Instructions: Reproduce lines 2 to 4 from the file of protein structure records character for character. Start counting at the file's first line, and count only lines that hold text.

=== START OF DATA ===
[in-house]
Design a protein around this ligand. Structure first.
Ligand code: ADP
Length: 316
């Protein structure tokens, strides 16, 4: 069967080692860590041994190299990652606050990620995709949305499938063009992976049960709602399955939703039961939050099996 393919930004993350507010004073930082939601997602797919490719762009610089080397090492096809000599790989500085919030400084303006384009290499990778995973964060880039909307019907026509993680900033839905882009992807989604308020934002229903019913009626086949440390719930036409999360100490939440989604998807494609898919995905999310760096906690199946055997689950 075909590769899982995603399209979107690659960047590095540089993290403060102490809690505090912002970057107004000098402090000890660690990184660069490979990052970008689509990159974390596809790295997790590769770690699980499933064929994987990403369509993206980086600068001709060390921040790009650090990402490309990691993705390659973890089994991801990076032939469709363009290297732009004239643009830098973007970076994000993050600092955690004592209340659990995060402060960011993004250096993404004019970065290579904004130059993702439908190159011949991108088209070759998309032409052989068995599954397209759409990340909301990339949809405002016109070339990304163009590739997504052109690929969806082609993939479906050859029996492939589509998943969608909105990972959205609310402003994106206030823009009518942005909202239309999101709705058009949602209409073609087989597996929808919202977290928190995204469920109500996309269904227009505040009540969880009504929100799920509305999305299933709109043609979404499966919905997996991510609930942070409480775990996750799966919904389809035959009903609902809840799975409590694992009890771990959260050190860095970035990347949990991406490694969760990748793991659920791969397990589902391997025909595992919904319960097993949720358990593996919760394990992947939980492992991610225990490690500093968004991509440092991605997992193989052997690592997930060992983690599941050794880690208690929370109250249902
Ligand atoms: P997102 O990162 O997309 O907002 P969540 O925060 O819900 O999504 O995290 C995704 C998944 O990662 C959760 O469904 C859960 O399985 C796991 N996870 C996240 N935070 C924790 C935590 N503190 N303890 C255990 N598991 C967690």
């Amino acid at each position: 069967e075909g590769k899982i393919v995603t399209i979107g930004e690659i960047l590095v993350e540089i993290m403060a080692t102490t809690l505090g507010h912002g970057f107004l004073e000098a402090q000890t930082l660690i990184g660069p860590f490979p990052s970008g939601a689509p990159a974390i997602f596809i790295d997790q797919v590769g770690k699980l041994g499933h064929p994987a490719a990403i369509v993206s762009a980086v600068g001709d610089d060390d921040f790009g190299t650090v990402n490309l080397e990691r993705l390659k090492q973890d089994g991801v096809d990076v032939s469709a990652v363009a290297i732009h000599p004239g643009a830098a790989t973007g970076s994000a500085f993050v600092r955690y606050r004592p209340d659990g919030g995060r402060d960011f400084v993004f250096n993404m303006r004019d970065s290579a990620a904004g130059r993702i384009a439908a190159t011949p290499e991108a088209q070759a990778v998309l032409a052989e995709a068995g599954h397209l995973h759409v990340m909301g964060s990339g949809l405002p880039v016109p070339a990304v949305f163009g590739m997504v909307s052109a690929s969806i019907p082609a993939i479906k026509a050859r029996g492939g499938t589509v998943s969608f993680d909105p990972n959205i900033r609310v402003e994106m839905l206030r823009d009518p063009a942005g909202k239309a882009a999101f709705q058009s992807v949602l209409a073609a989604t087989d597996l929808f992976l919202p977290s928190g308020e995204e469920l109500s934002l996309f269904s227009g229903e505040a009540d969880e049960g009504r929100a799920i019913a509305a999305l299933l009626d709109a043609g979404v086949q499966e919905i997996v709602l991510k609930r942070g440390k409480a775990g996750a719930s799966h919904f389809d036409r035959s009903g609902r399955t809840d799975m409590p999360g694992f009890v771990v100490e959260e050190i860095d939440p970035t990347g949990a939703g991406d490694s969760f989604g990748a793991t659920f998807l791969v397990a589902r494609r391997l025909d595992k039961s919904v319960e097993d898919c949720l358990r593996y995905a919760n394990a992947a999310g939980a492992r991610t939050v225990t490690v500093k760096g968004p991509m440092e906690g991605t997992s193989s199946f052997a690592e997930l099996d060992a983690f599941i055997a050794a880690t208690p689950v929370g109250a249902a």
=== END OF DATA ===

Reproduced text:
Design a protein around this ligand. Structure first.
Ligand code: ADP
Length: 316